09 February 2009

Working less -- the overlooked solution

As the economy worsens and unemployment increases, it is time to take yet another look at an overlooked approach to work that will maintain high employment while improving quality of life. I refer to shorter work times.

Early in the 19th century, people worked on average about 3600 hours a year -- 70 or 80-hour work weeks. Since then, workers have struggled to reduce working hours to a level compatible with the increasing ability of machines to do our work for us, to 60 hours a week early in the 20th century and to 40 by the 1960s. Despite working less, we prospered more, by replacing manpower with machine power.

Since the 1960s, however, despite extraordinary technological innovation, the average work week has hardly changed at all. Indeed, we are working harder than ever. In 1960, 70 per cent of families consisted of two adults with one working full time outside the home, the other full time inside the home -- two people, two jobs. Today, in most two-parent families, even those with small children, both parents work outside the home. But the home work still has to be done, so the situation now is two people with three jobs, or in the case of single-parent families, one person with two jobs. And of course many people, particularly salaried people, work more than the standard 40 hours, often in fear of losing their jobs if they don’t.

Our challenge during the current crisis is to increase time for the overemployed and increase work for the underemployed to create a balance of meaningful work for all. In other words, share the work. We can do this in various ways. Longer holidays, reducing overtime, mandating a four-day work week, are all possibilities.

The French, Germans and Scandinavians already work far fewer hours per year than North Americans do, yet enjoy a comparable prosperity. And of course they have more time for family, recreation, politics – whatever – to live fuller lives.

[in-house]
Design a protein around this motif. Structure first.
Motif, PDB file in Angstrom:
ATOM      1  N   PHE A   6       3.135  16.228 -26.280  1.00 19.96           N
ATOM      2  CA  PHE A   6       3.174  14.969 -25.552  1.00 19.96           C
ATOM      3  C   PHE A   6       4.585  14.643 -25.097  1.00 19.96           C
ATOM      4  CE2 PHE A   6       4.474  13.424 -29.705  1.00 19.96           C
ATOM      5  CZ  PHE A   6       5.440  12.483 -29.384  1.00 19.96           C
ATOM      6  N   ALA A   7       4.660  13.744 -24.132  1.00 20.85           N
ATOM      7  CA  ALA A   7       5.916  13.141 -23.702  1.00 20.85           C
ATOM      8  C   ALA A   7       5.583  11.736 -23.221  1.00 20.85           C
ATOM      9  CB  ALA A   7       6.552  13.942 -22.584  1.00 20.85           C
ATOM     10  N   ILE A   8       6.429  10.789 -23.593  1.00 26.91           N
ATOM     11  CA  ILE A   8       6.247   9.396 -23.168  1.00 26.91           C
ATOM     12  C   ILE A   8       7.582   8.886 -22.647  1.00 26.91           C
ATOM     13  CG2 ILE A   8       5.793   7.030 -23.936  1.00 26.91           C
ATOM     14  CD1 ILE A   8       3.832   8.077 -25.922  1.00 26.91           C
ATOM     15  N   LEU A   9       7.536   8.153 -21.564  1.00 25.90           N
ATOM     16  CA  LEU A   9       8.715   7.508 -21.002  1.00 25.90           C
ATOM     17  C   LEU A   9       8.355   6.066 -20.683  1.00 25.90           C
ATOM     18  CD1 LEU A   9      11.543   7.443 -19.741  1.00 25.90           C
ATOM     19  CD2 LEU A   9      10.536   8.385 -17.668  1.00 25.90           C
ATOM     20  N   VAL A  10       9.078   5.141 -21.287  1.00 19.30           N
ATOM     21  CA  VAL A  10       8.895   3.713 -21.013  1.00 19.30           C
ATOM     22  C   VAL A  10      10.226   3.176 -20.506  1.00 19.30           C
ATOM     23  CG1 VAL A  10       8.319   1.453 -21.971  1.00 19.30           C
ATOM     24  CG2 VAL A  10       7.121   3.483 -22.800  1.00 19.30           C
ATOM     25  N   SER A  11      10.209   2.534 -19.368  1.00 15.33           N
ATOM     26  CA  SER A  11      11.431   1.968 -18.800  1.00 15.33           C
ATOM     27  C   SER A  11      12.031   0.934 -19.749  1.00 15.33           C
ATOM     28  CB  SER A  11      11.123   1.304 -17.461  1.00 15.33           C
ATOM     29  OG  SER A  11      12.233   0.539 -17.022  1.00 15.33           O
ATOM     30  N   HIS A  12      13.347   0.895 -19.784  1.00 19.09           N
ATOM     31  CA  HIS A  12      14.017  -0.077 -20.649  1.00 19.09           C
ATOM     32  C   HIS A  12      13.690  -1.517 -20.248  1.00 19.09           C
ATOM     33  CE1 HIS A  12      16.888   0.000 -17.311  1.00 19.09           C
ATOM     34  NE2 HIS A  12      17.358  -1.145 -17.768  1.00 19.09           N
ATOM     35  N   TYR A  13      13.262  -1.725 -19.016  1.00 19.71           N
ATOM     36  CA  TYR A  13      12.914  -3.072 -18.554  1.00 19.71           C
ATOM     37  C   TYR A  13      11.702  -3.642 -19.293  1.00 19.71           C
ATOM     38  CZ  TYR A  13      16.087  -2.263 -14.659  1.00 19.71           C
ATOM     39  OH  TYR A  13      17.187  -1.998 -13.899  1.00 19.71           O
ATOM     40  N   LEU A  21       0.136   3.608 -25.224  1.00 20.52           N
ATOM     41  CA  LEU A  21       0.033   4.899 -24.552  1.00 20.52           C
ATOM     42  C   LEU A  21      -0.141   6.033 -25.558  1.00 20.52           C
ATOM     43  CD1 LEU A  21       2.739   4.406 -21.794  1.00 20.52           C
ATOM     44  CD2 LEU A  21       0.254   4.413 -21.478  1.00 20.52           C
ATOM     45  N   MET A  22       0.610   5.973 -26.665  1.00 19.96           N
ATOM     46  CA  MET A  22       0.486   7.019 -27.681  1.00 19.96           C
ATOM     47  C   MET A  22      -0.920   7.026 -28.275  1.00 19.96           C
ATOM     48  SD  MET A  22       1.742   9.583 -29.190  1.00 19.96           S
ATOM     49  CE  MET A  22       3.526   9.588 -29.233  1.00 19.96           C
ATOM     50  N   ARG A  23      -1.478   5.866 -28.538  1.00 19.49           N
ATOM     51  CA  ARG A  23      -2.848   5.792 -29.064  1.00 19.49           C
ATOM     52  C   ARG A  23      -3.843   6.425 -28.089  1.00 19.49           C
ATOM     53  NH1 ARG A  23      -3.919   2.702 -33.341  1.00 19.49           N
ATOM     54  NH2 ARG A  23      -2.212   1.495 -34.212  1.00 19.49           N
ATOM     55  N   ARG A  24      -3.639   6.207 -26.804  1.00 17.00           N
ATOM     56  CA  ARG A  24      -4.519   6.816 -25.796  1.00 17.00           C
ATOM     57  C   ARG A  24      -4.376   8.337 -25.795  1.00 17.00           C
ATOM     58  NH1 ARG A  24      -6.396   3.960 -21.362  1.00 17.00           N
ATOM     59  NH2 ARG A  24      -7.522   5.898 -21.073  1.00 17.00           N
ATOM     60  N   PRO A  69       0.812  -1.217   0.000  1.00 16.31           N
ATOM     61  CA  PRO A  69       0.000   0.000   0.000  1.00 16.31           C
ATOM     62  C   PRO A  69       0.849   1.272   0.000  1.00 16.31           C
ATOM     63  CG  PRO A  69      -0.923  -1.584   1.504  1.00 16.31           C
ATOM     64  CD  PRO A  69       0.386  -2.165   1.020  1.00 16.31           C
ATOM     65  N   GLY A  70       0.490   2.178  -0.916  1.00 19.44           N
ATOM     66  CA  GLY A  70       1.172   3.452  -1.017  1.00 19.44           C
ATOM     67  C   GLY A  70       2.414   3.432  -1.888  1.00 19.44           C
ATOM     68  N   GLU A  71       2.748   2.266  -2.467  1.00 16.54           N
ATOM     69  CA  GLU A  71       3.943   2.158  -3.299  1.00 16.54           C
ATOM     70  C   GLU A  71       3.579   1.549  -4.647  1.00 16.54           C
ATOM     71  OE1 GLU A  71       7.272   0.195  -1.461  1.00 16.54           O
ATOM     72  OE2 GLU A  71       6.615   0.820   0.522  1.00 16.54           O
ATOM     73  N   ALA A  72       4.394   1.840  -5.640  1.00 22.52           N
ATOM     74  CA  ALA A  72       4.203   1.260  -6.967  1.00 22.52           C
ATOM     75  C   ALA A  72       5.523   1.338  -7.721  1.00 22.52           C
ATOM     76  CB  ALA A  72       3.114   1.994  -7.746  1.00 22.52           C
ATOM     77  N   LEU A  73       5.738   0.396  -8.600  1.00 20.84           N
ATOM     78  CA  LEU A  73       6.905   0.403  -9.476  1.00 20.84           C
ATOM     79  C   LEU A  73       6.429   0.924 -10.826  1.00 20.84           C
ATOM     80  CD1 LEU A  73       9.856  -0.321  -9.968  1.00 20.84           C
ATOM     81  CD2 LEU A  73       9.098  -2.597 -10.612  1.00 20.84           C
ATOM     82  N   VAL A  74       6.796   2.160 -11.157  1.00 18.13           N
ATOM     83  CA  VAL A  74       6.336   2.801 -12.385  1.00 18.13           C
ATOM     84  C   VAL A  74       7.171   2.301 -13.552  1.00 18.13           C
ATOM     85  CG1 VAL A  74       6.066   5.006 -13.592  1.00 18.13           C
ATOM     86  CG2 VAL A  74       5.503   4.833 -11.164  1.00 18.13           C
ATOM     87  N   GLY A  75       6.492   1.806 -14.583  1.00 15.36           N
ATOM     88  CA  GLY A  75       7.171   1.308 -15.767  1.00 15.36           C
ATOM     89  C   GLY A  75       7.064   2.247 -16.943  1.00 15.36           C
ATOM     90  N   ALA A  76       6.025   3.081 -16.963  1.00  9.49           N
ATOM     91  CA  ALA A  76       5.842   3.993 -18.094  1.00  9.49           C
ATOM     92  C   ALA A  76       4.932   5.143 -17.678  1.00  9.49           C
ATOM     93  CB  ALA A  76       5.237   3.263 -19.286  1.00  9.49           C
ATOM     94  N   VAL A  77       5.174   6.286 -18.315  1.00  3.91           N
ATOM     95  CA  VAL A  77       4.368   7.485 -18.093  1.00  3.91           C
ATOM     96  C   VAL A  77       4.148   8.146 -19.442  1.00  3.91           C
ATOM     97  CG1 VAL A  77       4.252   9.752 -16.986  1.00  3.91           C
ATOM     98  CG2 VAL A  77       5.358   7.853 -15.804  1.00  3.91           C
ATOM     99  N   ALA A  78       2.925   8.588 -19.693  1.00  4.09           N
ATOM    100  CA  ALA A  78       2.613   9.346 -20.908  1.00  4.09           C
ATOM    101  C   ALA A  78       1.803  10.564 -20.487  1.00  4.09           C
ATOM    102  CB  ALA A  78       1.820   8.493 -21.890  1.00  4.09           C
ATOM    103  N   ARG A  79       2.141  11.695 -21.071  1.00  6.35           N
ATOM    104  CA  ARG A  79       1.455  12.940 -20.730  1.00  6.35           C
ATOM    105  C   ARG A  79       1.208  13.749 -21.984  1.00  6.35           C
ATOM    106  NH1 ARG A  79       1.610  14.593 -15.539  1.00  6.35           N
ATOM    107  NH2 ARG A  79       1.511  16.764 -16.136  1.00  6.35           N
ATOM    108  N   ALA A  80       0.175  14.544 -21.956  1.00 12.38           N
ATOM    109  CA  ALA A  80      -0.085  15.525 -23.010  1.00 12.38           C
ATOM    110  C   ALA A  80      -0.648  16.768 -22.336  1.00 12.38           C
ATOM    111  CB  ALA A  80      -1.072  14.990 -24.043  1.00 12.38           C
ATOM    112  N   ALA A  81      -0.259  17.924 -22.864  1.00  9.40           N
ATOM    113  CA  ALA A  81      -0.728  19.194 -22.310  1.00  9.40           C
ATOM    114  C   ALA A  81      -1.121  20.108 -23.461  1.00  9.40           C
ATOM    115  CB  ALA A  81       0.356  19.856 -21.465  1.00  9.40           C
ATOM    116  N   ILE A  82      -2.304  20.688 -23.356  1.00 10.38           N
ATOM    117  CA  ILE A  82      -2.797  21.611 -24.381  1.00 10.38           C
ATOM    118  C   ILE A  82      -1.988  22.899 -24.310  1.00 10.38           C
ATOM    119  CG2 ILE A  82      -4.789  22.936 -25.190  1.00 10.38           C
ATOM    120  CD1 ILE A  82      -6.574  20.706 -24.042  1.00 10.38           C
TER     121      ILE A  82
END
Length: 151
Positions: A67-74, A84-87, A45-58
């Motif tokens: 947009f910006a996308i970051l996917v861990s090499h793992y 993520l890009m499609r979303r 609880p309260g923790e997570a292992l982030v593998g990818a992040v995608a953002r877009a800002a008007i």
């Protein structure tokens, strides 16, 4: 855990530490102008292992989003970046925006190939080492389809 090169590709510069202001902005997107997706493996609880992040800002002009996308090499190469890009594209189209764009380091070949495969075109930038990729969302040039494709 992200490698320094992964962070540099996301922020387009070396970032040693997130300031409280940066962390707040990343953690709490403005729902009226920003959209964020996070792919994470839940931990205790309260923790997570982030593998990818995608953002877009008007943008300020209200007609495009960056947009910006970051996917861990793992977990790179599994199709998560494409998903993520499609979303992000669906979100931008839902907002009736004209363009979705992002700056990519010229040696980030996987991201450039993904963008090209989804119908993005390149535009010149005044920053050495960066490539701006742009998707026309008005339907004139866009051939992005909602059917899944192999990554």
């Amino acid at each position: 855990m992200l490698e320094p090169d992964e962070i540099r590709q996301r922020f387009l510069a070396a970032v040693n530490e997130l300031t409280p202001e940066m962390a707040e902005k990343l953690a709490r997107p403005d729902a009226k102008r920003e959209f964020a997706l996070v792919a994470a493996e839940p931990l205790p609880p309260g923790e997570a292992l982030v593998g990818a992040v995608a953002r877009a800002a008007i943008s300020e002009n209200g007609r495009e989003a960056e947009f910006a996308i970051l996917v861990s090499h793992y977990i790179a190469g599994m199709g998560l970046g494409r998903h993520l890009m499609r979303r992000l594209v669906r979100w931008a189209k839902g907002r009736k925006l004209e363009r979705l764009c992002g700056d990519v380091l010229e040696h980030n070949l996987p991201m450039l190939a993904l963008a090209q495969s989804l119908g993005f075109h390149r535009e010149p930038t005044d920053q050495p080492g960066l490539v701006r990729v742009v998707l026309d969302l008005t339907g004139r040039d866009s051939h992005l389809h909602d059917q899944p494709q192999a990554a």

As far back as 1930, W. K. Kellogg, a truly visionary capitalist, went to a thirty-hour week by shortening the work day in his plants from eight hours to six in order to save jobs. Kellogg was later able to say, “The efficiency and morale of our employees is so increased, the accident and insurance rates are so improved, and the unit cost of production is so lowered that we can afford to pay as much for six hours as we formerly paid for eight.” Kellogg’s idea would be overdue today even if we weren't in the middle of an economic meltdown.

Everything to date in both the American stimulus plan and our federal budget has been about spending more – much, much more. And that may be necessary to keep as many people as possible employed. But we need also to hear about working less – much less – to keep as many people as possible employed. In the long run, this will be the best basket to put our eggs in.

1 comment:

  1. I've also heard a great suggestion that EI could "top up" workers whose hours had been cut back.

    So, instead of 25% of workers in a plant losing their jobs and then collecting EI, let's say all workers work 30 hours instead of 40, with the same amount of EI being spread evenly among each worker. They would have probably only a small decrease in salary, if any, and significantly more time with their families. Nobody would feel like a failure, as one often does when unemployed. Everyone is treated equally. To make it democratic, this plan could be presented to workers to vote on.